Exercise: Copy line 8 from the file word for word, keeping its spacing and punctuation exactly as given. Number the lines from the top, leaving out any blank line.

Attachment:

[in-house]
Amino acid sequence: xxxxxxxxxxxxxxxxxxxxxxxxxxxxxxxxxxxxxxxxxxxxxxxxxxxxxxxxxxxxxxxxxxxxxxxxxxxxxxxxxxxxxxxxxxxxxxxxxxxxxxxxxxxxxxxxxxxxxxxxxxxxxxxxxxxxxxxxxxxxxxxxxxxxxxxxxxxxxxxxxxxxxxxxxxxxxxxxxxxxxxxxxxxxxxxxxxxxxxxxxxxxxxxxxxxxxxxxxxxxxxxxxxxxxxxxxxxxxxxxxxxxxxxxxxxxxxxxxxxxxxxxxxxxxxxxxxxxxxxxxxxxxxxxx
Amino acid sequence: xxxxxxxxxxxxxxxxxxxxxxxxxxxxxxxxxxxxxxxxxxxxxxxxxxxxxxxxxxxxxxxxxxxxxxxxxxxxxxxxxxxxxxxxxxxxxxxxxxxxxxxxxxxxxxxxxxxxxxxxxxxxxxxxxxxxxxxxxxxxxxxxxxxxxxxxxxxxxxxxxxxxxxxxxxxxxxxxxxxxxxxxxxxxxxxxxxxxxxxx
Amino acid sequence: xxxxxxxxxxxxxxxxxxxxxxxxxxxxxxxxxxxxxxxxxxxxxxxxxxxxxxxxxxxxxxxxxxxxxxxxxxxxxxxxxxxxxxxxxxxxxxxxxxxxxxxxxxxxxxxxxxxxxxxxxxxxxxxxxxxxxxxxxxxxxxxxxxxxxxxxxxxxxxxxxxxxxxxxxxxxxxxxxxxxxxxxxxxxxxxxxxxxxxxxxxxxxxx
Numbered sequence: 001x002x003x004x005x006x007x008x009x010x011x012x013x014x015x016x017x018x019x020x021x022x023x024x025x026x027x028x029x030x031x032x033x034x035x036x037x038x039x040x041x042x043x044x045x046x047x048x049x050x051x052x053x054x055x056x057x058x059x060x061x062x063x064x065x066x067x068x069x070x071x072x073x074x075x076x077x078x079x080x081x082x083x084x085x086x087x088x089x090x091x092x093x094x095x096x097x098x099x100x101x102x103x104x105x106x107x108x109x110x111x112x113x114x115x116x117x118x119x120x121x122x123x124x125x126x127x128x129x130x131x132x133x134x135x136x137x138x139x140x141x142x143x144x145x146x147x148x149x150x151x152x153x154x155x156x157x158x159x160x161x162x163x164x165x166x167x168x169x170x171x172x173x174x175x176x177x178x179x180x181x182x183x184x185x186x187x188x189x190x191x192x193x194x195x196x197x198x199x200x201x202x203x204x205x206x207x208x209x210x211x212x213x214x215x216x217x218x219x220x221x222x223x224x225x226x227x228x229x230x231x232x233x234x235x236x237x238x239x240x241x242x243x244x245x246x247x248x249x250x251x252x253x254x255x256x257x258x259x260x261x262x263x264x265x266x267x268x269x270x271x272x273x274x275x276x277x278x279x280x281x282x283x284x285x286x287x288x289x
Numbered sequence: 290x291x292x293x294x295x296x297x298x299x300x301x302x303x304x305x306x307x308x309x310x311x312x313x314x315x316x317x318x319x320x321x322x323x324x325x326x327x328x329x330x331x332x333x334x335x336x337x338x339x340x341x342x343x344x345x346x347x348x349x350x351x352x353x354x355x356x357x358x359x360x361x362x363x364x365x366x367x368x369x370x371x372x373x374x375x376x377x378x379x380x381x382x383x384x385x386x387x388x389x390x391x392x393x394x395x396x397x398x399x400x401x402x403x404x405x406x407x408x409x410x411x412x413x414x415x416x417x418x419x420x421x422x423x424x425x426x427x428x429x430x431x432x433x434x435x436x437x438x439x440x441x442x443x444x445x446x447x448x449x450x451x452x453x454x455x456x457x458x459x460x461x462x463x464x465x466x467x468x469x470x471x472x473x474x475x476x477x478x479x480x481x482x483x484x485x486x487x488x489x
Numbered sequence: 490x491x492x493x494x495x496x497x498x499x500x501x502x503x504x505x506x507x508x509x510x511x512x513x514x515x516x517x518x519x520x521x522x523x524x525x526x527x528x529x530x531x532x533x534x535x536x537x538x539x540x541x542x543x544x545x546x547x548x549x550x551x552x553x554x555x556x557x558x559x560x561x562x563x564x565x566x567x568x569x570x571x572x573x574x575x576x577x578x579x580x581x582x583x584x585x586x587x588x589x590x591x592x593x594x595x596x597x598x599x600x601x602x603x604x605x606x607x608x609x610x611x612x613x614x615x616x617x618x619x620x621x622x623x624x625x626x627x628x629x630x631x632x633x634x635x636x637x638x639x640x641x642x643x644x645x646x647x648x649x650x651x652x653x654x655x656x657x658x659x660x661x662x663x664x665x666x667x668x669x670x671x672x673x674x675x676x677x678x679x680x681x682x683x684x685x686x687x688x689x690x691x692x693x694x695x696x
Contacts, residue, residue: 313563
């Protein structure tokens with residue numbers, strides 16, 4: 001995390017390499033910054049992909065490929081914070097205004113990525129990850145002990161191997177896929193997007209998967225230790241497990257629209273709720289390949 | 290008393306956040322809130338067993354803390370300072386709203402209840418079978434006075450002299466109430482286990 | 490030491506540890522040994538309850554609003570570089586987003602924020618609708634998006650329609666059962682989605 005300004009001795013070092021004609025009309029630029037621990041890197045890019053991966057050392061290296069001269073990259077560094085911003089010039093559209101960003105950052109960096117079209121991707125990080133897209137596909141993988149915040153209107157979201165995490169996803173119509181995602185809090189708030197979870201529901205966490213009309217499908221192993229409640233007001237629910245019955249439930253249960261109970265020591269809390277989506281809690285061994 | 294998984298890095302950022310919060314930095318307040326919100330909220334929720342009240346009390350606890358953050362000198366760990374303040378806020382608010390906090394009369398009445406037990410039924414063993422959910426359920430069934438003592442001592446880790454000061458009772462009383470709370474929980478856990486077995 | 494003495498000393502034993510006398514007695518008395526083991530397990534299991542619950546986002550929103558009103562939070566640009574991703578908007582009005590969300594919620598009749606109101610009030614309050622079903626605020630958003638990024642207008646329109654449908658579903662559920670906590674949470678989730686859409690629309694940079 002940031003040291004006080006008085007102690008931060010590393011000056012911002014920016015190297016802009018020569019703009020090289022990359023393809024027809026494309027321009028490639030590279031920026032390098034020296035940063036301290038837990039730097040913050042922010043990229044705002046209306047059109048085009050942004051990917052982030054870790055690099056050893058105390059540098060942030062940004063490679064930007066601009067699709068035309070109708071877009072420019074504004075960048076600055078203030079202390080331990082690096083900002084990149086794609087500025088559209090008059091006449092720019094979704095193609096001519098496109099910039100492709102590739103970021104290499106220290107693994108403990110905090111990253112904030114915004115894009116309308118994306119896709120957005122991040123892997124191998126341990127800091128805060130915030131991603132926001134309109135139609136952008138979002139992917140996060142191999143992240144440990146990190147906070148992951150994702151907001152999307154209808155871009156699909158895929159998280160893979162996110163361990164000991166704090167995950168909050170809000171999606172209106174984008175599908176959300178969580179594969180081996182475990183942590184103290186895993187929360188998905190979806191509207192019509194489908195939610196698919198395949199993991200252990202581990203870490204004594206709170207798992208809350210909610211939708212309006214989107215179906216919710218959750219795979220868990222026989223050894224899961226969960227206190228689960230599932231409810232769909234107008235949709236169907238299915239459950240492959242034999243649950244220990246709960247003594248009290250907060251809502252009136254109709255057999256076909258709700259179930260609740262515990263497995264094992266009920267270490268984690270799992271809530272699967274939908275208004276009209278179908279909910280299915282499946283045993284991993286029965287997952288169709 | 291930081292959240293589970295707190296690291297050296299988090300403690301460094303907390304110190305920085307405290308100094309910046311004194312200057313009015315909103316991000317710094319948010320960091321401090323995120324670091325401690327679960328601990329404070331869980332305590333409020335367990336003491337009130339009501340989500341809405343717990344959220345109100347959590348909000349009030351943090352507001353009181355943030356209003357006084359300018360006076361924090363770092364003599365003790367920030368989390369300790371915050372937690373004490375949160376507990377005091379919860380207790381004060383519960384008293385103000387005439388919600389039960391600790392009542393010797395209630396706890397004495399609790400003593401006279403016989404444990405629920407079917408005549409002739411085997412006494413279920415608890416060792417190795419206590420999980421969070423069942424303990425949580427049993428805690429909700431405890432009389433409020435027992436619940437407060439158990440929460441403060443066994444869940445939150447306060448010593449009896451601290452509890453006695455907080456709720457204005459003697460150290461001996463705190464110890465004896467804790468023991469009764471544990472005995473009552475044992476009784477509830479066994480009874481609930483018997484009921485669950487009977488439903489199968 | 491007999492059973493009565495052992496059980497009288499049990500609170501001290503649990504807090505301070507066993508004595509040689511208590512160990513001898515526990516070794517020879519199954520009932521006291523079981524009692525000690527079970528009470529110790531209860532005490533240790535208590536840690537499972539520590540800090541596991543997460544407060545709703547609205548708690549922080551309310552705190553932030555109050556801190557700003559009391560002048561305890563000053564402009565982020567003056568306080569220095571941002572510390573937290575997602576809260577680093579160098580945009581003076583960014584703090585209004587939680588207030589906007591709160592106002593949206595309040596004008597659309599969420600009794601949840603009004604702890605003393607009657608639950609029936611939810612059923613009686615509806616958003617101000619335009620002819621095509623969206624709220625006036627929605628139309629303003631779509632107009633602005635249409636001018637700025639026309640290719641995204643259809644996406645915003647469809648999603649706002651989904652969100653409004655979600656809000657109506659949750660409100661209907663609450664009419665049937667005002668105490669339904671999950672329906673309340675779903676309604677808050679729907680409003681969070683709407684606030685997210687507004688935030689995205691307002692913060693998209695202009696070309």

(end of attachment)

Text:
Contacts, residue, residue: 313563